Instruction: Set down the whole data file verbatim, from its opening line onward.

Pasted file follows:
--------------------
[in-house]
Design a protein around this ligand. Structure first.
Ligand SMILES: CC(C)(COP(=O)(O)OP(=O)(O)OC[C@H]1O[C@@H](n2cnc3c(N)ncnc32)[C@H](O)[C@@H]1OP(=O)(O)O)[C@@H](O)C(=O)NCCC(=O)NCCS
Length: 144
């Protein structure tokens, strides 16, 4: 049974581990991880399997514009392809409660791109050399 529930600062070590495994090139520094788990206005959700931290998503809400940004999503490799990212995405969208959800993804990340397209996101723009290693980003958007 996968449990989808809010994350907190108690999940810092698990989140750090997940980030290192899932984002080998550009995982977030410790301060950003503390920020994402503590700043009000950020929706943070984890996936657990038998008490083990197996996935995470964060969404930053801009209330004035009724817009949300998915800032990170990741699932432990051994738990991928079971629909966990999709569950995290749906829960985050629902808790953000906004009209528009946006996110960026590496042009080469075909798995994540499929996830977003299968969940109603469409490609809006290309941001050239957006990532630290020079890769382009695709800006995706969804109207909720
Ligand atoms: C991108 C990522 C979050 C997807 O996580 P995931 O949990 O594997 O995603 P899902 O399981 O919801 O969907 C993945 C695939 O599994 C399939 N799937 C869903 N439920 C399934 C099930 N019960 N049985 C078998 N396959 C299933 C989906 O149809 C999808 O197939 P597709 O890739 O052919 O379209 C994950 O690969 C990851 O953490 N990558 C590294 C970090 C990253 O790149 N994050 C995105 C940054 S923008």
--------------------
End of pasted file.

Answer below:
[in-house]
Design a protein around this ligand. Structure first.
Ligand SMILES: CC(C)(COP(=O)(O)OP(=O)(O)OC[C@H]1O[C@@H](n2cnc3c(N)ncnc32)[C@H](O)[C@@H]1OP(=O)(O)O)[C@@H](O)C(=O)NCCC(=O)NCCS
Length: 144
């Protein structure tokens, strides 16, 4: 049974581990991880399997514009392809409660791109050399 529930600062070590495994090139520094788990206005959700931290998503809400940004999503490799990212995405969208959800993804990340397209996101723009290693980003958007 996968449990989808809010994350907190108690999940810092698990989140750090997940980030290192899932984002080998550009995982977030410790301060950003503390920020994402503590700043009000950020929706943070984890996936657990038998008490083990197996996935995470964060969404930053801009209330004035009724817009949300998915800032990170990741699932432990051994738990991928079971629909966990999709569950995290749906829960985050629902808790953000906004009209528009946006996110960026590496042009080469075909798995994540499929996830977003299968969940109603469409490609809006290309941001050239957006990532630290020079890769382009695709800006995706969804109207909720
Ligand atoms: C991108 C990522 C979050 C997807 O996580 P995931 O949990 O594997 O995603 P899902 O399981 O919801 O969907 C993945 C695939 O599994 C399939 N799937 C869903 N439920 C399934 C099930 N019960 N049985 C078998 N396959 C299933 C989906 O149809 C999808 O197939 P597709 O890739 O052919 O379209 C994950 O690969 C990851 O953490 N990558 C590294 C970090 C990253 O790149 N994050 C995105 C940054 S923008």